pages Stung

by Becca Justice

Published in Issue No. 185 ~ October, 2012

Photo by Dave Barger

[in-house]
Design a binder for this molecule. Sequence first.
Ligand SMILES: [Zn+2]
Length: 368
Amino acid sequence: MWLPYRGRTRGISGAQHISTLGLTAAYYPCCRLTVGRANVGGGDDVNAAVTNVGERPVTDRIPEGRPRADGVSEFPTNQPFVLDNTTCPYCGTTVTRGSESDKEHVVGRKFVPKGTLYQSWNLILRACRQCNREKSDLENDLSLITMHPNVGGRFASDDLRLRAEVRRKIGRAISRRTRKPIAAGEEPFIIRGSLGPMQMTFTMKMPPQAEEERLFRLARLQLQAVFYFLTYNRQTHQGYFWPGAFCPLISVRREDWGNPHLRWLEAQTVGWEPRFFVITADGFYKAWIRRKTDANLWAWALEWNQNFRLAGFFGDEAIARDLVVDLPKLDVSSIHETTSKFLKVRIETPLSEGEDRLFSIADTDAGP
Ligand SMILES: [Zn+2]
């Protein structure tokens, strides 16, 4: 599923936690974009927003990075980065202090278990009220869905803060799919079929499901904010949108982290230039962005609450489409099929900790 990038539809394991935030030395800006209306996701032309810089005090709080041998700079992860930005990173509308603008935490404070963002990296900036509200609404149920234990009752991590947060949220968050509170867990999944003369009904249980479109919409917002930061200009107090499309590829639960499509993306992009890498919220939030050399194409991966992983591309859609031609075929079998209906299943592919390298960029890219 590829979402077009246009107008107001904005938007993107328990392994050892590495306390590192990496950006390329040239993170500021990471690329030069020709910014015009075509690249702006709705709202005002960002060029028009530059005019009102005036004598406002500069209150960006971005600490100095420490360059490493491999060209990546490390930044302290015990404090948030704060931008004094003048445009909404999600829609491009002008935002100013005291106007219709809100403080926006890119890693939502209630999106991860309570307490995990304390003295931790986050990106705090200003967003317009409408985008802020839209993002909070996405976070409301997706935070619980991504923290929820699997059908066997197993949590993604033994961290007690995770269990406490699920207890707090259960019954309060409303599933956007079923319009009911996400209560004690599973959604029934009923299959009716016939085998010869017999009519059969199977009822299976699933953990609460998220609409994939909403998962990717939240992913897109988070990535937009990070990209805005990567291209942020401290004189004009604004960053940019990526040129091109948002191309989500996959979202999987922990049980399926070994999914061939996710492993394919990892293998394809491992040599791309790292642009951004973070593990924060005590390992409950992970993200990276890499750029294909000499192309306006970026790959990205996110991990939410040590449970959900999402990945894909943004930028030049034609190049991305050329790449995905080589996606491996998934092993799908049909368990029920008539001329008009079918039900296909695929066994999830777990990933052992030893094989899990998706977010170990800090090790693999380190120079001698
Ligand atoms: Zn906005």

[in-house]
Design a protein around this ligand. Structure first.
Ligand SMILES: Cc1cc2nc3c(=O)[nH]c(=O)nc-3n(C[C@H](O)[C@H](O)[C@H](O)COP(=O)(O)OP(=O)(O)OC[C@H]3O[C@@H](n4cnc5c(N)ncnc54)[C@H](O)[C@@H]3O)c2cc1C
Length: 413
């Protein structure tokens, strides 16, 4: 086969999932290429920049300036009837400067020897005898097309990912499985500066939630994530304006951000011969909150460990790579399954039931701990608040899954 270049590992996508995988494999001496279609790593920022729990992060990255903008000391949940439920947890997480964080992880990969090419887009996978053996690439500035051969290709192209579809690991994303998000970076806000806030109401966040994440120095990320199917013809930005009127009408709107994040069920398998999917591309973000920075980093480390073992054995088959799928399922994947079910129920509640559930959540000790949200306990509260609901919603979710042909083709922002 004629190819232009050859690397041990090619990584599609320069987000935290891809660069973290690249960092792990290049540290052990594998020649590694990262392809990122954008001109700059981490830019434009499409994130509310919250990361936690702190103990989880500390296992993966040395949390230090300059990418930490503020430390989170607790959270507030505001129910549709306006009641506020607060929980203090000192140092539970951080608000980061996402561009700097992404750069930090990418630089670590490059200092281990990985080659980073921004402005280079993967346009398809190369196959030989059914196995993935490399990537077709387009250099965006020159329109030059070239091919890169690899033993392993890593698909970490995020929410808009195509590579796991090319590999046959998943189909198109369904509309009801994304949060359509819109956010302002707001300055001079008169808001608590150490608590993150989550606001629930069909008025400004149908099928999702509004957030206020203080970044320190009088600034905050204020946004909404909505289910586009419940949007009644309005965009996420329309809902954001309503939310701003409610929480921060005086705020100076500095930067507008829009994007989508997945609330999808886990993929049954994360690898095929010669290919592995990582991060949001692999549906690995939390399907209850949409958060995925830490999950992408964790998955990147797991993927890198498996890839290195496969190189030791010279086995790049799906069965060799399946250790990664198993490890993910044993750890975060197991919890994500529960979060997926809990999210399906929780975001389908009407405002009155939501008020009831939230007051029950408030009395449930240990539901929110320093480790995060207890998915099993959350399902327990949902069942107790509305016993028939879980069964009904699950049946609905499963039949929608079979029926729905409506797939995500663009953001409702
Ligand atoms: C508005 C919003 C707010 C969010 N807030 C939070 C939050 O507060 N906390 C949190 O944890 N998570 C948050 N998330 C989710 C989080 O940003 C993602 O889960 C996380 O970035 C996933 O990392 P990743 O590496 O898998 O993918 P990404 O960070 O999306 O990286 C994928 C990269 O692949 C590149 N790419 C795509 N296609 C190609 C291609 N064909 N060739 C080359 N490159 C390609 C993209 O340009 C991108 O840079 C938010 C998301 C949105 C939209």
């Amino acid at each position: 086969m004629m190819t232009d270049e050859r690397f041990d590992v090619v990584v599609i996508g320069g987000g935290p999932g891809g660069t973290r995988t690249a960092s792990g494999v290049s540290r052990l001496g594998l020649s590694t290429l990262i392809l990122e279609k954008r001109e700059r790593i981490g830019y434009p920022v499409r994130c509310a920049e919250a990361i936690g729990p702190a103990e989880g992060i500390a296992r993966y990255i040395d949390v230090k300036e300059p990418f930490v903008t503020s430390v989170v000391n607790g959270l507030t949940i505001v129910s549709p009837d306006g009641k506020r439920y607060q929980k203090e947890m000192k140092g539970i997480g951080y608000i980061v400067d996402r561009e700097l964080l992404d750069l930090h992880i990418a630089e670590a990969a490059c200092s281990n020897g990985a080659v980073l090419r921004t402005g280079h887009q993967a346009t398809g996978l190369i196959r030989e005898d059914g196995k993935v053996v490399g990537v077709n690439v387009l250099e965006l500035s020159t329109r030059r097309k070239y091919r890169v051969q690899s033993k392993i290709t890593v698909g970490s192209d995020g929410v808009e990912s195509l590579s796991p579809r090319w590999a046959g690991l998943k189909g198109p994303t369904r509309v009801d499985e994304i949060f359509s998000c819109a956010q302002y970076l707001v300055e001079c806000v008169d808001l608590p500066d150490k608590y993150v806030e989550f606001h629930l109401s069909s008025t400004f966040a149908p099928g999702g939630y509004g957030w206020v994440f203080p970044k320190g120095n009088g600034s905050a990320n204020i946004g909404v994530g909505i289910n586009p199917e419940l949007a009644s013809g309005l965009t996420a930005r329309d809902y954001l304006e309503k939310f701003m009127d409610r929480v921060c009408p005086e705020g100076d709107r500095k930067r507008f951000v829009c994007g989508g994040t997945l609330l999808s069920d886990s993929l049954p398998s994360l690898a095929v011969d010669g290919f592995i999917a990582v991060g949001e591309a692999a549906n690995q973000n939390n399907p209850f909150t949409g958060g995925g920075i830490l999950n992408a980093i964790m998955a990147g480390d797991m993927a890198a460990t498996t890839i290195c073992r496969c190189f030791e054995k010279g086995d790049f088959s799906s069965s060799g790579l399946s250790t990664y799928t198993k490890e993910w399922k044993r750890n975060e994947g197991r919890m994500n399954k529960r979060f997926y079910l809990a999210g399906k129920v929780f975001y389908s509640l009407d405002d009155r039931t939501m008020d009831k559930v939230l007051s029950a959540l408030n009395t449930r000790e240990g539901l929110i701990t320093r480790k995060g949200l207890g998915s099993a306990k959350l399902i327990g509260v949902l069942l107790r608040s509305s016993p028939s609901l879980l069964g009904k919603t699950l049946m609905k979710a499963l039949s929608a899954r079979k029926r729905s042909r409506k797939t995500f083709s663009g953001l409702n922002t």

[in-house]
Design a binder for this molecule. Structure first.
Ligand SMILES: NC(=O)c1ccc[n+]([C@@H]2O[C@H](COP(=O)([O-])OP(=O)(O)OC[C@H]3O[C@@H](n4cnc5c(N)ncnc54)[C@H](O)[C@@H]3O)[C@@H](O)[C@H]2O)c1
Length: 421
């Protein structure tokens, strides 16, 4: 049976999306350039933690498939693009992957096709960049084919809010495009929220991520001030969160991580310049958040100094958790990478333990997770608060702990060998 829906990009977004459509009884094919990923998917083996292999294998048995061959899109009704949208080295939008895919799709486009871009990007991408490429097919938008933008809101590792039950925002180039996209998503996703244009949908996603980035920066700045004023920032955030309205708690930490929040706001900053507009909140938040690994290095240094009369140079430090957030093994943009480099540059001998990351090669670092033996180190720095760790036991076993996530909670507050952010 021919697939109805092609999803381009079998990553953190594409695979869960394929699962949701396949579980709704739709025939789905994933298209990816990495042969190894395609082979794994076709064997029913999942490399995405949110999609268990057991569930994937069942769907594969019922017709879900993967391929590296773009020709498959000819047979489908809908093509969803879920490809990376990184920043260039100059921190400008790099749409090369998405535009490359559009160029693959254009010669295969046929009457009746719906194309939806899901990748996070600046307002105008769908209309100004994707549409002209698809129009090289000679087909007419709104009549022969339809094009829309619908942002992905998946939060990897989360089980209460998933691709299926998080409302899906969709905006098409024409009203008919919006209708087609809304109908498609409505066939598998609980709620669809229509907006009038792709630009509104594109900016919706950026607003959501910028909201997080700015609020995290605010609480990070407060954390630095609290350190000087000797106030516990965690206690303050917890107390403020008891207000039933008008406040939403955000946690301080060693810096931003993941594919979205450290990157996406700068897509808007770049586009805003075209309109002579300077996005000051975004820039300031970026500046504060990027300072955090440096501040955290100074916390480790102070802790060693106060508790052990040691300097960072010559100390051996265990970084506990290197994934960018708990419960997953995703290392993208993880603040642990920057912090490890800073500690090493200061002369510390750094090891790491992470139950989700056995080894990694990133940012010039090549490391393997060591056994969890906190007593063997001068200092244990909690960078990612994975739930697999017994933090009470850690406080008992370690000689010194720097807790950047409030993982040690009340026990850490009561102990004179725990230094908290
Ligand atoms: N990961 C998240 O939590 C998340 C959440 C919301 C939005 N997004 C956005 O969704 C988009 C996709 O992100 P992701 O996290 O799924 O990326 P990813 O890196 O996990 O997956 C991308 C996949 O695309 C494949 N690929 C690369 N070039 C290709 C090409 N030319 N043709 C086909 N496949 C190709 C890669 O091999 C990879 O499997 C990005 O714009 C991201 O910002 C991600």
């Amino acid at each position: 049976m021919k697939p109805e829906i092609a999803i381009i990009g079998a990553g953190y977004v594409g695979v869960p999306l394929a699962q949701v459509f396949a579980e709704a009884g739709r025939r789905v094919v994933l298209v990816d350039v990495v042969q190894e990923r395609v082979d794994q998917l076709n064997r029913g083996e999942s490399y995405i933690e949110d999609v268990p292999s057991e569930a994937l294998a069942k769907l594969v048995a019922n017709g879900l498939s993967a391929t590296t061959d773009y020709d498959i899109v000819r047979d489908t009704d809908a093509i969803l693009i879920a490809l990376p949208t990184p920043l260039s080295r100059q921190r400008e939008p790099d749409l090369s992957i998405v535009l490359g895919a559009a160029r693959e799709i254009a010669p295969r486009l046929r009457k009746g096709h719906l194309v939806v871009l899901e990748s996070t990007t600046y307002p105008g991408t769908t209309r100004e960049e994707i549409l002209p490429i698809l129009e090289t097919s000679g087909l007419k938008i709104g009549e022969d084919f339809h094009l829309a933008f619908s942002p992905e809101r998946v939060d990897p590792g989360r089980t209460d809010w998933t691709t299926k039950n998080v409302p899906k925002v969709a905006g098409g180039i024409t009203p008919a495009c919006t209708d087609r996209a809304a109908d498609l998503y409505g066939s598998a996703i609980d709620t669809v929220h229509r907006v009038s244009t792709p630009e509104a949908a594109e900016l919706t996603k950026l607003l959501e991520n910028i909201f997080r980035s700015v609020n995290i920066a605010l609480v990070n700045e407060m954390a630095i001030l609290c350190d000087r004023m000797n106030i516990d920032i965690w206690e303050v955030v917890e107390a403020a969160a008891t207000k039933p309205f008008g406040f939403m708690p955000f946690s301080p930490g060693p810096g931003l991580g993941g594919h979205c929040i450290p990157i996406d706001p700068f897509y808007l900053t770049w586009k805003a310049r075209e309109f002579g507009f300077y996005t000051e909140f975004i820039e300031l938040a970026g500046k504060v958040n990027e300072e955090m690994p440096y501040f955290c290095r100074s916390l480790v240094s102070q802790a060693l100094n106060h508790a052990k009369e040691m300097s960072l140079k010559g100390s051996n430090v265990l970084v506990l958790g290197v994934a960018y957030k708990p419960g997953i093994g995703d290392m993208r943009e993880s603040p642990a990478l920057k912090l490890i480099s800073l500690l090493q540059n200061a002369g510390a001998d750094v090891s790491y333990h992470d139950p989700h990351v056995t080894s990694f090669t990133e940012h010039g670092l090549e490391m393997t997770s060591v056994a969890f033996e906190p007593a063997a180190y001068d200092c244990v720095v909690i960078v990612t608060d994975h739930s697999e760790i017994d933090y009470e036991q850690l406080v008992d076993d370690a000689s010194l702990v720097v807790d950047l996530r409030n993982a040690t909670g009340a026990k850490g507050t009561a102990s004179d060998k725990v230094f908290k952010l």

My Psamathe was born like a Venus, a Venus in a garlic clove. I never saw her grow up. She had been stomping grapes and I watched her force sticky feet into her sister’s beaded sandals. She has a webbed toe like a ginger root and it is one of the things that meant most to me. This was twenty-five years ago. She sampled my honey and then I sampled hers. I told the story many times; Dmitri always snorted into his raki. It is not for me to explain how a person turns into an object, a thing; it happens. When I think of her as she was on that day, and had been for some time, she is a telephone pole gored into the earth. I don’t remember how it started but the air tasted like filed fingernails when she said: When you make love to me I close my eyes and think of bunions, of cataracts, of the dry skin under my breasts. Turning my back on her, I walk to the apiary with a head full of whirring rage and stinging eyes. I don’t put on the protective veil and gloves. I walk straight into the bees and they embrace me with such verve that I am taken out of my body. I keep walking out into the afternoon sun. I have found it is best to not wear shoes in the sand. I have found sunburn. I have found that the hammock is the seat of the gods. I have found out how to sway in the stretchy womb. I have found that if you don’t like pina colada then there is nothing for you here.